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Accumulation Layer Picking Using FMCW CReSIS Radar and North-Central Greenland Ice Core Data Renee’ Butler, David Braaten, Sam Buchanan, Kyle Purdon Center.

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Presentation on theme: "Accumulation Layer Picking Using FMCW CReSIS Radar and North-Central Greenland Ice Core Data Renee’ Butler, David Braaten, Sam Buchanan, Kyle Purdon Center."— Presentation transcript:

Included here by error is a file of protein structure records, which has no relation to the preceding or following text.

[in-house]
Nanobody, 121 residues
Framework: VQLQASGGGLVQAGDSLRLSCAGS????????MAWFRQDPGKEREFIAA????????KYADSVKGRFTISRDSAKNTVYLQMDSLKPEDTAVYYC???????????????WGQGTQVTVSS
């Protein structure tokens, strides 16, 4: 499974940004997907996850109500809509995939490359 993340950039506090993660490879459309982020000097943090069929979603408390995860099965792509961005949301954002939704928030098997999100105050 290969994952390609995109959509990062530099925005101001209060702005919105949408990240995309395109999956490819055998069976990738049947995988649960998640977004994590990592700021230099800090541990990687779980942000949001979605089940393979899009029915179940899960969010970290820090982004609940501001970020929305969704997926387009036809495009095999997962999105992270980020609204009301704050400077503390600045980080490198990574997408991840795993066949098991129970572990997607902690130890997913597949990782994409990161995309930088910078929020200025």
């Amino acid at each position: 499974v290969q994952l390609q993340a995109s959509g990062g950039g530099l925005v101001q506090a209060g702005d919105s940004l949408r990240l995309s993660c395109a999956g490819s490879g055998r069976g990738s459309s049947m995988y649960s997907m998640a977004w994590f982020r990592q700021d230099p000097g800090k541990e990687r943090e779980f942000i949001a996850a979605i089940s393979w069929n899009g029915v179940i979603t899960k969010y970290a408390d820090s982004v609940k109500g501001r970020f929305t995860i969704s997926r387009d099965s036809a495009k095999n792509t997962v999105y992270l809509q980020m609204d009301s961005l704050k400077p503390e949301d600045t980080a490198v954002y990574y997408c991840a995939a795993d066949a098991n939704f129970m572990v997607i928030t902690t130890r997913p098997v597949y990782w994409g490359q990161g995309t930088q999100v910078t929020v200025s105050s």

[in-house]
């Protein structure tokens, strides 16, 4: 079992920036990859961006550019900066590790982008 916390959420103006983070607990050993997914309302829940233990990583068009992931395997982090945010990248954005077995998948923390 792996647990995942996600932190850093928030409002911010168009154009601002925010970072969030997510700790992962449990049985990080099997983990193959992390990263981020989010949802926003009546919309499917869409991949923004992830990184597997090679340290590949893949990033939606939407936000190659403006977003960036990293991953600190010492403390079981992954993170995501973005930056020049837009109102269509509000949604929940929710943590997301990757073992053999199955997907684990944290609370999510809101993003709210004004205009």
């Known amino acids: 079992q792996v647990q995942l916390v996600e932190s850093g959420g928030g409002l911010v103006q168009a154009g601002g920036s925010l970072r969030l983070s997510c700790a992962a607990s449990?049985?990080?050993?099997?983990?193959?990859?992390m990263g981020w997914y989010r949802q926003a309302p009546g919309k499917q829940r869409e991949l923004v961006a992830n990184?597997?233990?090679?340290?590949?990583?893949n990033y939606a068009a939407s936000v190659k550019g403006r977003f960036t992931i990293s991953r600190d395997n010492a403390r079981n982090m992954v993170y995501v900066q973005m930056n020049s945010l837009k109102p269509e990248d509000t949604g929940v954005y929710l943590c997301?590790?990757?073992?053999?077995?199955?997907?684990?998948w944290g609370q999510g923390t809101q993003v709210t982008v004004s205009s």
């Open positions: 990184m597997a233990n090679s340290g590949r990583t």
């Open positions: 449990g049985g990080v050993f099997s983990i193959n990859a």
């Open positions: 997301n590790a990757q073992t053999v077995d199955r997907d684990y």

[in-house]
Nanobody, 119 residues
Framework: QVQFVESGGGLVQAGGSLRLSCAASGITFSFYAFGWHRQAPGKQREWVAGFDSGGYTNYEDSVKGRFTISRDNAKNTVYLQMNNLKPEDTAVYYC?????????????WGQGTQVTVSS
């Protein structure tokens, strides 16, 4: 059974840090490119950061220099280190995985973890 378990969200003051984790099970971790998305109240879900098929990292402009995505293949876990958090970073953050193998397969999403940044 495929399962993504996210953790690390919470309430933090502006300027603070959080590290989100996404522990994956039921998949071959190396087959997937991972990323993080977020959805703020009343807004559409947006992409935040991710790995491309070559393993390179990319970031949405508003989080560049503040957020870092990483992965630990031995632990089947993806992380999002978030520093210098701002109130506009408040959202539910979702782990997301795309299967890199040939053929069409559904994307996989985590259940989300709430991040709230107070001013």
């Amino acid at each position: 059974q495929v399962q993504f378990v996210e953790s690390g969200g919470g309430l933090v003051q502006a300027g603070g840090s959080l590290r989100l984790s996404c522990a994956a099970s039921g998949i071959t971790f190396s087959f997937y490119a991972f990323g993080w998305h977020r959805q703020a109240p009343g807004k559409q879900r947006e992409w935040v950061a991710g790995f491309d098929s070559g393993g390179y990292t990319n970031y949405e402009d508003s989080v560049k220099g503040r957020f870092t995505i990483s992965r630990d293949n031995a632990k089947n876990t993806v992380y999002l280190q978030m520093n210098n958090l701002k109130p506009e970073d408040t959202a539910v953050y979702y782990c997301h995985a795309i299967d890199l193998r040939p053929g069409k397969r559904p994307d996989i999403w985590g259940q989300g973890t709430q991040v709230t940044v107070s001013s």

1 Accumulation Layer Picking Using FMCW CReSIS Radar and North-Central Greenland Ice Core Data Renee’ Butler, David Braaten, Sam Buchanan, Kyle Purdon Center for Remote Sensing of Ice Sheets (CReSIS), University of Kansas, Lawrence KS 66045, Haskell Indian Nations University, Lawrence KS Abstract Two picking tools were used; one for training and one for picking the layers. The one for training is the surface/bed picking tool which specifically picks the surface of the ice and the bedrock. The new tool is used for picking layers in between the surface and the bed; but usually not all the way down to the bed. The data being used was collected along the ice divide in North-Central Greenland in 2007 with frequency-modulated continuous wave (FMCW) radar. The layers being picked are from a 70km segment and is deeper than 30 m to a max depth of 100 m and date back more than 400 yrs. The layers are used in a similar manner as tree rings to understand whether or not annual layers are missing and if the vertical distance between layers (slab thickness) includes more than one year of snowfall. The slab thickness is related to the annual accumulation of snowfall; thicker slabs mean more snow and thinner slabs mean less snow during the year. Nearby ice core data will be used to understand the chronology of the layers. The ice core data also provides ice density profile measurements; which will be used to more accurately calculate the radar signal propagation speed through the ice. This will provide increased accuracy of determining the internal layer depths. Surface/Bed Picking Tool This tool is MATLAB software. The GeoTIFF is selected as the background image to the echogram (the visible data being picked). The Standard source type was good for most of the examples, but some were more challenging. For a surface that is difficult to see QLook or IMG_01 help it to become more visible. For the bed MVDR or IMG_02 help it to become more visible. The source data was usable Raw but Averaged smoothed it out and helped the bed become more visible. The tools Max point and Snake were used to pick the surface and bed layers. The tool Enter point was used to insert a manual point to make corrections for the snake tool. Layer Picking Tool This tool is MATLAB software that is still under development so some things mentioned are subject to change. This picker is used to pick the internal layers of the ice sheet in North-Central Greenland. The tool enter point was used to enter the points for the layer; these points were interpolated to create the layer data that was used. The data included an average of one thousand points plotted but only about three to four hundred points were plotted. The layers nearer to the surface appeared thicker than the layers towards the bottom of the frame. Sometimes the layers seem to disappear and then reappear. The areas where the layer disappeared were unpickable. The first layer picked took longer to pick, but once the tool becomes more familiar the third and fourth layers were quicker to pick. The results were recorded in two-way travel time; which is the time it takes the radar to travel into the ice and bounce back; and needed to be converted into depth. Picking Figure 1: Layers already pickedFigure 2: Picking (red layer is selected) When first starting to pick expect to go slow but then speed up as the tool becomes more familiar. It took an average of six hours to pick the first layer, but then it took about three to four hours for the third and fourth layer. It was harder to pick the deeper the layers went. Deeper layers became harder to see and closer together. Results Figure 3: Depth of Layers Figure 4: Depth Between Layers The layers picked are between 59-62m deep. The slab thickness varies between thick and thin. Some layers have more accumulation (such as the dip in Figure 4). Conclusions Some double checking is needed to make sure the thicker areas of layers is true and not just a line jump in the picking. Also, the layer thickness is converted from two-way time into meters for depth. More conversions are need to compare the density to the ice core samples. Also, the density will be used to find the water content to better understand how much accumulated.


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